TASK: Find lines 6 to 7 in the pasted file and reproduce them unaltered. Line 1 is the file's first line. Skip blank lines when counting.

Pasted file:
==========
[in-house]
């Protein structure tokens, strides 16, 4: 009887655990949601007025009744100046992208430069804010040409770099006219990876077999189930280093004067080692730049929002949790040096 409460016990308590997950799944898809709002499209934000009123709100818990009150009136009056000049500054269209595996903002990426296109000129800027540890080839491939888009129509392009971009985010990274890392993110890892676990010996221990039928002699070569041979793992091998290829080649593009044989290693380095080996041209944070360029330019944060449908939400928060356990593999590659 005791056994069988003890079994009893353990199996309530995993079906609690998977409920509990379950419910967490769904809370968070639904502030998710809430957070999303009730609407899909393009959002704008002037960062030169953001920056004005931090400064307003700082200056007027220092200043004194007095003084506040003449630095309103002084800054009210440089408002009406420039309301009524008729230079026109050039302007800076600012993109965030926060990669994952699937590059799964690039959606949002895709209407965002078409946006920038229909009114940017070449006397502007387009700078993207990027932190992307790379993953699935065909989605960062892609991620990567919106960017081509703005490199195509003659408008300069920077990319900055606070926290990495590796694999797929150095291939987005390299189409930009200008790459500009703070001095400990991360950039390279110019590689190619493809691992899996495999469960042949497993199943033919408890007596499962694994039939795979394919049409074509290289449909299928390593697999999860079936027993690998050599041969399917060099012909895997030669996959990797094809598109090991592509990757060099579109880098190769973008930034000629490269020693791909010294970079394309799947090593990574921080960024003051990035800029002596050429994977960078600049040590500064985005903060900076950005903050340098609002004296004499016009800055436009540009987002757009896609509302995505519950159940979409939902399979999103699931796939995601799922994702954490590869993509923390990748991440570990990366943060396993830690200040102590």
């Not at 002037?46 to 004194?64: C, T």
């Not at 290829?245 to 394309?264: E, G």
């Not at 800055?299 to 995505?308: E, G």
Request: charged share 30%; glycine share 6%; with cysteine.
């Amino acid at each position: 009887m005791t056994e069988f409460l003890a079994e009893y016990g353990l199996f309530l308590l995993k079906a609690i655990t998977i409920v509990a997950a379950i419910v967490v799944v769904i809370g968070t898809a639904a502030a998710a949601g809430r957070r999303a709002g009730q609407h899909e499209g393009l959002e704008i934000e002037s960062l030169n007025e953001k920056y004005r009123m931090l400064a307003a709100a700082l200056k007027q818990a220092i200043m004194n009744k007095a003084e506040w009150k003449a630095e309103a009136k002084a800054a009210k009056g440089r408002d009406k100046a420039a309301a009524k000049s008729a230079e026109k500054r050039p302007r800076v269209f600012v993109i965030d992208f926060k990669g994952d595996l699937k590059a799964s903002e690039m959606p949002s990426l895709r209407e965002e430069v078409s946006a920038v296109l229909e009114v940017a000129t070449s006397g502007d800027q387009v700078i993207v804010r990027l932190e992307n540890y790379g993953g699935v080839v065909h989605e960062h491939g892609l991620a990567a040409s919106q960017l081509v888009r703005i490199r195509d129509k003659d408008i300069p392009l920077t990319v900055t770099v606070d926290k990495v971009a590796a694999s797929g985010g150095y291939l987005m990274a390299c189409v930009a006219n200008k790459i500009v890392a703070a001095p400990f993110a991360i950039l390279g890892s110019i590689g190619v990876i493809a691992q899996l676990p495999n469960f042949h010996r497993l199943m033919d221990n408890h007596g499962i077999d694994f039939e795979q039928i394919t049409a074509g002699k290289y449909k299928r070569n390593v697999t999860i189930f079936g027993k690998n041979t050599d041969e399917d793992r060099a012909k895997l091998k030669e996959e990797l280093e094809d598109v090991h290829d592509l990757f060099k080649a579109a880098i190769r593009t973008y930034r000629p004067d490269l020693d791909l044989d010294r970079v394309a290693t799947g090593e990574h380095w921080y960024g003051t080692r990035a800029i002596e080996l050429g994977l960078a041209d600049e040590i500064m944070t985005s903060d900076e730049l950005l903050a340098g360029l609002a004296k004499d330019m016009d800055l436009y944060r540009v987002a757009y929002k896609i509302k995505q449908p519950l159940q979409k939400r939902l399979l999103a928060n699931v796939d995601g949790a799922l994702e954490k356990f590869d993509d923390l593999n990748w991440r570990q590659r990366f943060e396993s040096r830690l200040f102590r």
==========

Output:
Request: charged share 30%; glycine share 6%; with cysteine.
């Amino acid at each position: 009887m005791t056994e069988f409460l003890a079994e009893y016990g353990l199996f309530l308590l995993k079906a609690i655990t998977i409920v509990a997950a379950i419910v967490v799944v769904i809370g968070t898809a639904a502030a998710a949601g809430r957070r999303a709002g009730q609407h899909e499209g393009l959002e704008i934000e002037s960062l030169n007025e953001k920056y004005r009123m931090l400064a307003a709100a700082l200056k007027q818990a220092i200043m004194n009744k007095a003084e506040w009150k003449a630095e309103a009136k002084a800054a009210k009056g440089r408002d009406k100046a420039a309301a009524k000049s008729a230079e026109k500054r050039p302007r800076v269209f600012v993109i965030d992208f926060k990669g994952d595996l699937k590059a799964s903002e690039m959606p949002s990426l895709r209407e965002e430069v078409s946006a920038v296109l229909e009114v940017a000129t070449s006397g502007d800027q387009v700078i993207v804010r990027l932190e992307n540890y790379g993953g699935v080839v065909h989605e960062h491939g892609l991620a990567a040409s919106q960017l081509v888009r703005i490199r195509d129509k003659d408008i300069p392009l920077t990319v900055t770099v606070d926290k990495v971009a590796a694999s797929g985010g150095y291939l987005m990274a390299c189409v930009a006219n200008k790459i500009v890392a703070a001095p400990f993110a991360i950039l390279g890892s110019i590689g190619v990876i493809a691992q899996l676990p495999n469960f042949h010996r497993l199943m033919d221990n408890h007596g499962i077999d694994f039939e795979q039928i394919t049409a074509g002699k290289y449909k299928r070569n390593v697999t999860i189930f079936g027993k690998n041979t050599d041969e399917d793992r060099a012909k895997l091998k030669e996959e990797l280093e094809d598109v090991h290829d592509l990757f060099k080649a579109a880098i190769r593009t973008y930034r000629p004067d490269l020693d791909l044989d010294r970079v394309a290693t799947g090593e990574h380095w921080y960024g003051t080692r990035a800029i002596e080996l050429g994977l960078a041209d600049e040590i500064m944070t985005s903060d900076e730049l950005l903050a340098g360029l609002a004296k004499d330019m016009d800055l436009y944060r540009v987002a757009y929002k896609i509302k995505q449908p519950l159940q979409k939400r939902l399979l999103a928060n699931v796939d995601g949790a799922l994702e954490k356990f590869d993509d923390l593999n990748w991440r570990q590659r990366f943060e396993s040096r830690l200040f102590r």